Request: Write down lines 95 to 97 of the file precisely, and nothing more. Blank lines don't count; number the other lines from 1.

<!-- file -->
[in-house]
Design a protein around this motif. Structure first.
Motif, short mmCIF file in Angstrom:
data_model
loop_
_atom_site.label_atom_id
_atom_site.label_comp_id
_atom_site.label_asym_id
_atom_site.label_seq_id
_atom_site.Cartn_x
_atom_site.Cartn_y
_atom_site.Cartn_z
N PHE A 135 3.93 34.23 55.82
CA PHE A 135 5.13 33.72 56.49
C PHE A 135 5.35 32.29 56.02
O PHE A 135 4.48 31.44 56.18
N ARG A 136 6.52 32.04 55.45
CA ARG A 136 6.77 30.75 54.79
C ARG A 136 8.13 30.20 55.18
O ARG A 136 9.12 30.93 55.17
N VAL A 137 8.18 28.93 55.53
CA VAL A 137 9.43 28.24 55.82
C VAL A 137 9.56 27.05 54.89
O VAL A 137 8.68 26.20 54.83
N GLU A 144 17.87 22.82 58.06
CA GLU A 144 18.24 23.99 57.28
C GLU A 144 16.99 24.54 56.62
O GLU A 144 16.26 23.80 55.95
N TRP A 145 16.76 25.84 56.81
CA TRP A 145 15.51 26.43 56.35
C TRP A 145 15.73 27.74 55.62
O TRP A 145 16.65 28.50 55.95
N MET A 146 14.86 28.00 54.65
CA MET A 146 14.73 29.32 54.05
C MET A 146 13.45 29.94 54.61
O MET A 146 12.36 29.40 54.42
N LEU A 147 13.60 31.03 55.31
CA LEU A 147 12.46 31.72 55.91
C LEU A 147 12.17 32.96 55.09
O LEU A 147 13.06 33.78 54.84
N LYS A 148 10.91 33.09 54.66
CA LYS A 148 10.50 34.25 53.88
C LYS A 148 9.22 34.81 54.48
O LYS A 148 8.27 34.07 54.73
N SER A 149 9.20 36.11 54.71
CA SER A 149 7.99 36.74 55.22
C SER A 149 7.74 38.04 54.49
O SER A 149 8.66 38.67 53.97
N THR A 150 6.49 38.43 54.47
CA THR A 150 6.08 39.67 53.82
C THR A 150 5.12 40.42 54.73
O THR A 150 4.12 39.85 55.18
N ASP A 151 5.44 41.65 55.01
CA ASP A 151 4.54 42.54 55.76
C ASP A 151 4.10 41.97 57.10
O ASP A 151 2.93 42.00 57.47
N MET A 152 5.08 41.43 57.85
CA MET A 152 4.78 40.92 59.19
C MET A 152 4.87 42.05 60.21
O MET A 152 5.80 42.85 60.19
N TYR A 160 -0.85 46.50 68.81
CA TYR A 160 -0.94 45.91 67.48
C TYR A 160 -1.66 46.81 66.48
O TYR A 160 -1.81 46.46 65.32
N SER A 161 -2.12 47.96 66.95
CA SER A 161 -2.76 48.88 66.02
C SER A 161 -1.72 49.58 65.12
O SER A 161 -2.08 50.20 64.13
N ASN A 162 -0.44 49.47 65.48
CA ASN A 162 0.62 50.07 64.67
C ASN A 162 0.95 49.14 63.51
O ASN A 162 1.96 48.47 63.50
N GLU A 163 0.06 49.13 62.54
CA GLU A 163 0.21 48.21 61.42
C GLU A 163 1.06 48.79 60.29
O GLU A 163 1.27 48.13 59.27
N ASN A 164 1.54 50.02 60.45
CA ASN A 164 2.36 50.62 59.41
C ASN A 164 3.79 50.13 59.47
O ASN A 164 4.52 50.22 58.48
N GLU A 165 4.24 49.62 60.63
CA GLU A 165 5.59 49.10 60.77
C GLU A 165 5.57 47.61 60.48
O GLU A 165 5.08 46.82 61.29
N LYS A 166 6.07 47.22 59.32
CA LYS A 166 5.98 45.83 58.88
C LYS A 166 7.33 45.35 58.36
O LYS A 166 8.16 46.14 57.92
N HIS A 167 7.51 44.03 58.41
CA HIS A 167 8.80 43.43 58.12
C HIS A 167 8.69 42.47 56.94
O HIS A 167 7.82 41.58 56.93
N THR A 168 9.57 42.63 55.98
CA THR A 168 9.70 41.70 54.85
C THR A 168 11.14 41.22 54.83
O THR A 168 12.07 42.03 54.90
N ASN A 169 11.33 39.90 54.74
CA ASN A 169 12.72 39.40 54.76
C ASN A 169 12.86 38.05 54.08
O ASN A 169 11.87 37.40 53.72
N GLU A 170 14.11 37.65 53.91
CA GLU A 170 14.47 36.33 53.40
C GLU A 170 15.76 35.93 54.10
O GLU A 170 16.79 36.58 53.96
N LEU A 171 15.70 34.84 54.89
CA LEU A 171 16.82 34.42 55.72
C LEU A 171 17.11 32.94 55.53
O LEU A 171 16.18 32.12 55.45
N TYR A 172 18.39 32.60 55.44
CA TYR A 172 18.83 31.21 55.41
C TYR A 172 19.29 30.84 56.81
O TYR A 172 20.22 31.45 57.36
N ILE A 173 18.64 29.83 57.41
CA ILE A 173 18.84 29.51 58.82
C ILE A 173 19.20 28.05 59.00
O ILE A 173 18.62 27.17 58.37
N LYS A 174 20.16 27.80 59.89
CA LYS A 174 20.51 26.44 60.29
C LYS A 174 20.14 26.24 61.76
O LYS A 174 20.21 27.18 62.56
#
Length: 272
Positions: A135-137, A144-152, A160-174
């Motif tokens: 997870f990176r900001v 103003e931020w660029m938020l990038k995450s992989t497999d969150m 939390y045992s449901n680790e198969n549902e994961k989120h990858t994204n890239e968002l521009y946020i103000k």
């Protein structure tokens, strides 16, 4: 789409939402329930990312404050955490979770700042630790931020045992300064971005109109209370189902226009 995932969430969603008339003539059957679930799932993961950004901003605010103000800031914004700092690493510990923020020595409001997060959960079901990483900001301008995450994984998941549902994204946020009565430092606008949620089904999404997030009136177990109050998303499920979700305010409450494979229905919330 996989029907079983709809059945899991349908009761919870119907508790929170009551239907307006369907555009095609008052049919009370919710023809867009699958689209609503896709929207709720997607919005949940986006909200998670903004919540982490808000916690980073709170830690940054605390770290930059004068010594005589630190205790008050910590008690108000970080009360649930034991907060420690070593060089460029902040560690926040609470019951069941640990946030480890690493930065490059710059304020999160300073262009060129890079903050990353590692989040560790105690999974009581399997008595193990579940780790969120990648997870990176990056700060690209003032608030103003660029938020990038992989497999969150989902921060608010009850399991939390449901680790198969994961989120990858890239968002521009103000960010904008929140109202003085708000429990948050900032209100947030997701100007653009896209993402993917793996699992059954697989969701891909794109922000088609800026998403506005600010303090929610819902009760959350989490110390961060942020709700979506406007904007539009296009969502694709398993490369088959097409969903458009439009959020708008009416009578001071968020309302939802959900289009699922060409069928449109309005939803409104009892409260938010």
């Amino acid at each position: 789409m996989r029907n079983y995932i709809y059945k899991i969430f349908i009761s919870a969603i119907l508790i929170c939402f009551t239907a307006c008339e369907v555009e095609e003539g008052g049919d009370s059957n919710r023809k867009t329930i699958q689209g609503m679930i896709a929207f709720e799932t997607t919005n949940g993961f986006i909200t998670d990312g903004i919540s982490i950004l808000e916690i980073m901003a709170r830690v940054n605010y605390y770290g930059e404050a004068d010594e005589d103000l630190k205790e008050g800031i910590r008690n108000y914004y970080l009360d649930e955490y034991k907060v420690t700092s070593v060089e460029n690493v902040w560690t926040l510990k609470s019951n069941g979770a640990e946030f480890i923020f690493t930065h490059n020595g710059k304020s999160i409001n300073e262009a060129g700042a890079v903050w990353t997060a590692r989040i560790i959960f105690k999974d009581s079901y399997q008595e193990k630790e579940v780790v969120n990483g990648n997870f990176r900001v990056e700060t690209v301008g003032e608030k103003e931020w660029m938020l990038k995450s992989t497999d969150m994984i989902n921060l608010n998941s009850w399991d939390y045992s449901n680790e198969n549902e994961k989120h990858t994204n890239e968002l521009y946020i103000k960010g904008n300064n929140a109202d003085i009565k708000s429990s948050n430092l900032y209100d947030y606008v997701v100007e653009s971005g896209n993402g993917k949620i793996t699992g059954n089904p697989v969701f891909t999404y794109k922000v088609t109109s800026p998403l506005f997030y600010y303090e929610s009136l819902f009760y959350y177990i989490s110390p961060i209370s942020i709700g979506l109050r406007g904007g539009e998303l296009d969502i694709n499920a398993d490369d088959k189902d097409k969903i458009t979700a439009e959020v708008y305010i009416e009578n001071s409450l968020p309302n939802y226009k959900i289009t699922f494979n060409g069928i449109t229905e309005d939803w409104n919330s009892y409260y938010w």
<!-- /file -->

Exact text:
C THR A 168 11.14 41.22 54.83
O THR A 168 12.07 42.03 54.90
N ASN A 169 11.33 39.90 54.74